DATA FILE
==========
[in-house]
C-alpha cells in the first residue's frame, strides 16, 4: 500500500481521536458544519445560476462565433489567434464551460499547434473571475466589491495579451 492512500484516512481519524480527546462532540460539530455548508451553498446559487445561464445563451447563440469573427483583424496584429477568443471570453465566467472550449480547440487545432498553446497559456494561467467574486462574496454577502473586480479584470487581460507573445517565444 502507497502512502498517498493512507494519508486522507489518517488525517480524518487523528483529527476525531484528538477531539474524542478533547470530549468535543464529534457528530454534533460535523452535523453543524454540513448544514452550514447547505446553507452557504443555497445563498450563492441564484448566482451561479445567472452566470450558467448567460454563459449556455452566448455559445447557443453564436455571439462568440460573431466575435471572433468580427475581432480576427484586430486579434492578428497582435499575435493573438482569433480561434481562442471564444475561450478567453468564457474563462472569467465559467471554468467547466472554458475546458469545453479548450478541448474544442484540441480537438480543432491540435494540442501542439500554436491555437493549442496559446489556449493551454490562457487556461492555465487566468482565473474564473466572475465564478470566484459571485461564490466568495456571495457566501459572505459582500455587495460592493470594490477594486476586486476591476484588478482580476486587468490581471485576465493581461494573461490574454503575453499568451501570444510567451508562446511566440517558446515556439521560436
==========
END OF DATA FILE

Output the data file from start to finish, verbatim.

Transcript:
[in-house]
C-alpha cells in the first residue's frame, strides 16, 4: 500500500481521536458544519445560476462565433489567434464551460499547434473571475466589491495579451 492512500484516512481519524480527546462532540460539530455548508451553498446559487445561464445563451447563440469573427483583424496584429477568443471570453465566467472550449480547440487545432498553446497559456494561467467574486462574496454577502473586480479584470487581460507573445517565444 502507497502512502498517498493512507494519508486522507489518517488525517480524518487523528483529527476525531484528538477531539474524542478533547470530549468535543464529534457528530454534533460535523452535523453543524454540513448544514452550514447547505446553507452557504443555497445563498450563492441564484448566482451561479445567472452566470450558467448567460454563459449556455452566448455559445447557443453564436455571439462568440460573431466575435471572433468580427475581432480576427484586430486579434492578428497582435499575435493573438482569433480561434481562442471564444475561450478567453468564457474563462472569467465559467471554468467547466472554458475546458469545453479548450478541448474544442484540441480537438480543432491540435494540442501542439500554436491555437493549442496559446489556449493551454490562457487556461492555465487566468482565473474564473466572475465564478470566484459571485461564490466568495456571495457566501459572505459582500455587495460592493470594490477594486476586486476591476484588478482580476486587468490581471485576465493581461494573461490574454503575453499568451501570444510567451508562446511566440517558446515556439521560436